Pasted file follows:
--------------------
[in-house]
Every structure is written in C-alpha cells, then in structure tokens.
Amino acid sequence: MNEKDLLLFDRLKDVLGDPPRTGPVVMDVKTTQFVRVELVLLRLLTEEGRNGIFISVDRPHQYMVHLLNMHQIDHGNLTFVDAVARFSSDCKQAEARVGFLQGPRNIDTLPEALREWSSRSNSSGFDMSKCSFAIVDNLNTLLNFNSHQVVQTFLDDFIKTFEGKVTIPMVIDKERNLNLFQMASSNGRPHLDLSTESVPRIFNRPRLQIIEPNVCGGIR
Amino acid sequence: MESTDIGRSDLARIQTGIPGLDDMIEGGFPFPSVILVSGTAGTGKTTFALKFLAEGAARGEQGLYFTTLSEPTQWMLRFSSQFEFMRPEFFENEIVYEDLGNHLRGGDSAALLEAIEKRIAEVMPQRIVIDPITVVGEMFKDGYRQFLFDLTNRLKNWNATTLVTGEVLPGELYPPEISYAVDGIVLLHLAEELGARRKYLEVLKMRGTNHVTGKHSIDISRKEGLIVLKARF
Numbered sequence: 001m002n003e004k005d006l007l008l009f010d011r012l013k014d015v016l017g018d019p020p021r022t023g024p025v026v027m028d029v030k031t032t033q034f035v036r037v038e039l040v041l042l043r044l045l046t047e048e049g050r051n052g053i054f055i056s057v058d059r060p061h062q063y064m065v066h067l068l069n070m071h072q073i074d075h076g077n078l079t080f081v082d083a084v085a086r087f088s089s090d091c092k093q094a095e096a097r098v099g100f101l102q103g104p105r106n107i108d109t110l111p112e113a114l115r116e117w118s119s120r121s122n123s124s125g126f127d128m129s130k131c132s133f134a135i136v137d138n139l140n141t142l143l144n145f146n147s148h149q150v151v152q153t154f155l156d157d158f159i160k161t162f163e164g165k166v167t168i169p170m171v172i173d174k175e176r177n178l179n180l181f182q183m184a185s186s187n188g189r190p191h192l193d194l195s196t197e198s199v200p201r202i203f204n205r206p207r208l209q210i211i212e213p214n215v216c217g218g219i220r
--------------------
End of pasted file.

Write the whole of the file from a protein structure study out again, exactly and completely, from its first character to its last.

[in-house]
Every structure is written in C-alpha cells, then in structure tokens.
Amino acid sequence: MNEKDLLLFDRLKDVLGDPPRTGPVVMDVKTTQFVRVELVLLRLLTEEGRNGIFISVDRPHQYMVHLLNMHQIDHGNLTFVDAVARFSSDCKQAEARVGFLQGPRNIDTLPEALREWSSRSNSSGFDMSKCSFAIVDNLNTLLNFNSHQVVQTFLDDFIKTFEGKVTIPMVIDKERNLNLFQMASSNGRPHLDLSTESVPRIFNRPRLQIIEPNVCGGIR
Amino acid sequence: MESTDIGRSDLARIQTGIPGLDDMIEGGFPFPSVILVSGTAGTGKTTFALKFLAEGAARGEQGLYFTTLSEPTQWMLRFSSQFEFMRPEFFENEIVYEDLGNHLRGGDSAALLEAIEKRIAEVMPQRIVIDPITVVGEMFKDGYRQFLFDLTNRLKNWNATTLVTGEVLPGELYPPEISYAVDGIVLLHLAEELGARRKYLEVLKMRGTNHVTGKHSIDISRKEGLIVLKARF
Numbered sequence: 001m002n003e004k005d006l007l008l009f010d011r012l013k014d015v016l017g018d019p020p021r022t023g024p025v026v027m028d029v030k031t032t033q034f035v036r037v038e039l040v041l042l043r044l045l046t047e048e049g050r051n052g053i054f055i056s057v058d059r060p061h062q063y064m065v066h067l068l069n070m071h072q073i074d075h076g077n078l079t080f081v082d083a084v085a086r087f088s089s090d091c092k093q094a095e096a097r098v099g100f101l102q103g104p105r106n107i108d109t110l111p112e113a114l115r116e117w118s119s120r121s122n123s124s125g126f127d128m129s130k131c132s133f134a135i136v137d138n139l140n141t142l143l144n145f146n147s148h149q150v151v152q153t154f155l156d157d158f159i160k161t162f163e164g165k166v167t168i169p170m171v172i173d174k175e176r177n178l179n180l181f182q183m184a185s186s187n188g189r190p191h192l193d194l195s196t197e198s199v200p201r202i203f204n205r206p207r208l209q210i211i212e213p214n215v216c217g218g219i220r